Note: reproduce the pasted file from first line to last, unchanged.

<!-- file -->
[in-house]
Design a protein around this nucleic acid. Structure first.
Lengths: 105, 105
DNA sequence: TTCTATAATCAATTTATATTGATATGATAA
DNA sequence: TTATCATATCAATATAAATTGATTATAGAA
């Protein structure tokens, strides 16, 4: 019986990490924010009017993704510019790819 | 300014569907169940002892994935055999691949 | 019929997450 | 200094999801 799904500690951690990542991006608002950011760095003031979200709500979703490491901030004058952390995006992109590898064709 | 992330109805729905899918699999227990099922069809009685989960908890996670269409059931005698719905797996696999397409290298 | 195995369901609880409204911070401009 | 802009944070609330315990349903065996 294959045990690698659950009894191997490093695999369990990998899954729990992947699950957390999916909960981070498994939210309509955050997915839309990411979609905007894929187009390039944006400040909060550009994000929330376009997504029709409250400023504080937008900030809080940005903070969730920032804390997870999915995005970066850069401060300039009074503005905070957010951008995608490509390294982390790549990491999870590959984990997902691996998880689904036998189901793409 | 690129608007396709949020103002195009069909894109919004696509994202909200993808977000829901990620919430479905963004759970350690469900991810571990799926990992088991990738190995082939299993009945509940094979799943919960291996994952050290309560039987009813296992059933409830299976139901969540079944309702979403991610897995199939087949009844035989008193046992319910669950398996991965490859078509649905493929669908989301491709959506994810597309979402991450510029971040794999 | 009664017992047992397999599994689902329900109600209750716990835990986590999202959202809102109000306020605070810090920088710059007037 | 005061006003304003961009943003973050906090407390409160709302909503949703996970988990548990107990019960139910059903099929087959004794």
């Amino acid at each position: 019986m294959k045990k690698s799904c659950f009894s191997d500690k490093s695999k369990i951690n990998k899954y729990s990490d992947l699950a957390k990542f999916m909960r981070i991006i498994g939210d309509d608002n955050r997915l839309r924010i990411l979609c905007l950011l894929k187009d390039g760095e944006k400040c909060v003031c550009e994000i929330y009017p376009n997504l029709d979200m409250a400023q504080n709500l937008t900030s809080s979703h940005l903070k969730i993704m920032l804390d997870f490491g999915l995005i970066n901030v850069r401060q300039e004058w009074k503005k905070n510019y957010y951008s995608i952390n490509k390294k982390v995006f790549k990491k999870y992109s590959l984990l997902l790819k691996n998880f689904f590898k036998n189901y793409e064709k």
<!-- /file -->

[in-house]
Design a protein around this nucleic acid. Structure first.
Lengths: 105, 105
DNA sequence: TTCTATAATCAATTTATATTGATATGATAA
DNA sequence: TTATCATATCAATATAAATTGATTATAGAA
């Protein structure tokens, strides 16, 4: 019986990490924010009017993704510019790819 | 300014569907169940002892994935055999691949 | 019929997450 | 200094999801 799904500690951690990542991006608002950011760095003031979200709500979703490491901030004058952390995006992109590898064709 | 992330109805729905899918699999227990099922069809009685989960908890996670269409059931005698719905797996696999397409290298 | 195995369901609880409204911070401009 | 802009944070609330315990349903065996 294959045990690698659950009894191997490093695999369990990998899954729990992947699950957390999916909960981070498994939210309509955050997915839309990411979609905007894929187009390039944006400040909060550009994000929330376009997504029709409250400023504080937008900030809080940005903070969730920032804390997870999915995005970066850069401060300039009074503005905070957010951008995608490509390294982390790549990491999870590959984990997902691996998880689904036998189901793409 | 690129608007396709949020103002195009069909894109919004696509994202909200993808977000829901990620919430479905963004759970350690469900991810571990799926990992088991990738190995082939299993009945509940094979799943919960291996994952050290309560039987009813296992059933409830299976139901969540079944309702979403991610897995199939087949009844035989008193046992319910669950398996991965490859078509649905493929669908989301491709959506994810597309979402991450510029971040794999 | 009664017992047992397999599994689902329900109600209750716990835990986590999202959202809102109000306020605070810090920088710059007037 | 005061006003304003961009943003973050906090407390409160709302909503949703996970988990548990107990019960139910059903099929087959004794």
């Amino acid at each position: 019986m294959k045990k690698s799904c659950f009894s191997d500690k490093s695999k369990i951690n990998k899954y729990s990490d992947l699950a957390k990542f999916m909960r981070i991006i498994g939210d309509d608002n955050r997915l839309r924010i990411l979609c905007l950011l894929k187009d390039g760095e944006k400040c909060v003031c550009e994000i929330y009017p376009n997504l029709d979200m409250a400023q504080n709500l937008t900030s809080s979703h940005l903070k969730i993704m920032l804390d997870f490491g999915l995005i970066n901030v850069r401060q300039e004058w009074k503005k905070n510019y957010y951008s995608i952390n490509k390294k982390v995006f790549k990491k999870y992109s590959l984990l997902l790819k691996n998880f689904f590898k036998n189901y793409e064709k």